The Wombles were right all along

Posted on September 23, 2009

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In talking about what it means to be a sustainable practitioner, we use the example of a chainsaw operator:

We characterise this by asking departments to consider their equivalent to this story: forestry worker attending a hypothetical Level 2 chainsaw maintenance course. As part of that course the future chainsaw operators are taught all about being careful when changing the chainsaw oil, not spilling it and collecting it for recycling. With some modification to the course we could even certify the graduates as “sustainable”. What is going to matter, perhaps more so, is what our graduate does at the first ‘smoko’ when, after a morning of carefully changing oil, he is roundly abused – ‘just chuck it in the stream, you’re holding up the whole gang’. And what do we expect our graduate to do when on the first day on the job our graduate is told to go and chop down the last Kauri tree. The answer isn’t as simple as saying no (he’ll get fired and someone else will chop it down), nor is as simple as saying ‘yes’ (surely unsustainable). Nor is the answer that we’d teach integrated catchment management – such material is perhaps Level 7.  Instead the answer is something about polite questioning and discussing alternatives.

We use this scenario with other disciplines, the very act of translating it to the other discipline is a really engaging way of identifying behaviours expected of their own graduates. The “cut down the last Kauri tree” can be expanded further – of course it is unlikely to be the last Kauri tree, but it might be the 1000th Kauri tree, or the 999th Kauri tree…

This leads to a discussion of commons, especially the tragedy of the commons.  Justin Kenrick has a very useful take on this. His chapter “Commons Thinking”  in the new Handbook of Sustainable Literacy.

Kenrick distinguishes two forms of thinking: a commons approach and a dominance approach.

A Commons approach which assumes that:

we live in a common life-world upon which we all depend,
any problems stem from a breakdown in relationships, and
solutions are primarily about restoring these relationships

and a dominance approach which assumes that:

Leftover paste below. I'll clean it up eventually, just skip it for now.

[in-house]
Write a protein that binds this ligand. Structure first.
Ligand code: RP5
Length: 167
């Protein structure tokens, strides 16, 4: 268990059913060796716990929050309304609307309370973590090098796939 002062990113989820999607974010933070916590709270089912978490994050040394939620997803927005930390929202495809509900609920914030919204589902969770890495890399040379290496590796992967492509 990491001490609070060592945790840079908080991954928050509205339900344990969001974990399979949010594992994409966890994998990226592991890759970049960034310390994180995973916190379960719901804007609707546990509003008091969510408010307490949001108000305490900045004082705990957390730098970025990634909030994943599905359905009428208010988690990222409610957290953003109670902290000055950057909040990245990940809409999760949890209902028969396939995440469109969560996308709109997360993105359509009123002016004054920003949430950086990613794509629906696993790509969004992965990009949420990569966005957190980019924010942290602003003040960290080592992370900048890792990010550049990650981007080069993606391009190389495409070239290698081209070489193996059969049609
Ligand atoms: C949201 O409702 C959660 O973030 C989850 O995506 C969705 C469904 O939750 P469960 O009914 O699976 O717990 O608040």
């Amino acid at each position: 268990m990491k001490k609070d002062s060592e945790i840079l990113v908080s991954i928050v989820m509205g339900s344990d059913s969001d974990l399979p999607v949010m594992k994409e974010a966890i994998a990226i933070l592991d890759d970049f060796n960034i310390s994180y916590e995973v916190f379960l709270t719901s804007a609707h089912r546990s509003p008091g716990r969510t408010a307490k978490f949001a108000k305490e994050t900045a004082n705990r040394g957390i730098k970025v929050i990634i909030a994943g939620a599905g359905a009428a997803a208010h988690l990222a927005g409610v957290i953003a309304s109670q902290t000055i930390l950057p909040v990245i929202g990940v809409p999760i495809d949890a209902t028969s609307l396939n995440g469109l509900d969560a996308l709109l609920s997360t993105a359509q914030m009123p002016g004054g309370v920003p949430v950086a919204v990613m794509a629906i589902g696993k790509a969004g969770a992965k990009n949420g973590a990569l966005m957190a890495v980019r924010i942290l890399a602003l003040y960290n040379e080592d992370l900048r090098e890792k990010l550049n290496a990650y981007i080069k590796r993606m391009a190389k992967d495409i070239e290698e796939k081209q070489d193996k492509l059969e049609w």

one’s well-being ultimately depends on controlling the devalued other (whether other life forms, other humans, or other aspects of oneself),
problems are about the lack of such control, and
the solution involves the dominant realm (the mind, the ‘developed’ world, the adult, the expert, or humans in general) imposing control on the supposedly inferior realm.

He argues that the commons have been misrepresented as a tragedy by the dominance thinking approach – it is, he says, it is the open access regime that is the problem:

When the ‘Commons’ is referred to at all in dominant thinking, it is usually in terms of the so called ‘Tragedy of the Commons’, and this term is used to argue that left to ourselves (without the market and government to control our behaviour) we would each choose to exploit our ecological context for our own individual benefit even though this would inevitably lead to the destruction of the ecosystems (the Commons) on which we all depend.
In fact, the opposite is the case. Even Garrett Hardin, the inventor of the term, later admitted that the phrase describes, not a Tragedy of ‘Commons regimes’, but a Tragedy of ‘Open Access regimes’ (Kirby at al 1995).

The irony here is that an excellent example of an ‘Open Access regime’ is that of capitalism, where the only understanding of being ‘rational’ is of acting in one’s own immediate, narrow self-interest. ‘Open access regimes’ describe situations where people are persuaded to act in a way that has no consideration for the longer term of themselves, their children or others. Commons regimes, in sharp contrast, always have unwritten or written rules about who can use what resource when and for how long, in order to ensure everyone’s well-being over the longer term (Kirby at al 1995, Kenrick 2005).

Kenrick celebrates the re-emergence of Commons systems, in land reform, in the Transition movement and other spheres as

people realise that it is more rational to base their well-being on collectively caring about those around them, than to believe they can – over the long term – improve their own lives at the expense of their neighbours. The Transition approach embodies Commons thinking and is a creative, empowering, and immediately gratifying proof that – if we come at problems from a Commons perspective – our solutions will improve life for us all, rather than deal with symptoms in ways that exacerbate the original problem.

This is predicated on the notion that my well-being depends on your well-being, and on the assumption that solving problems involves working to restore relationships of trust rather than seeking to impose solutions on others.

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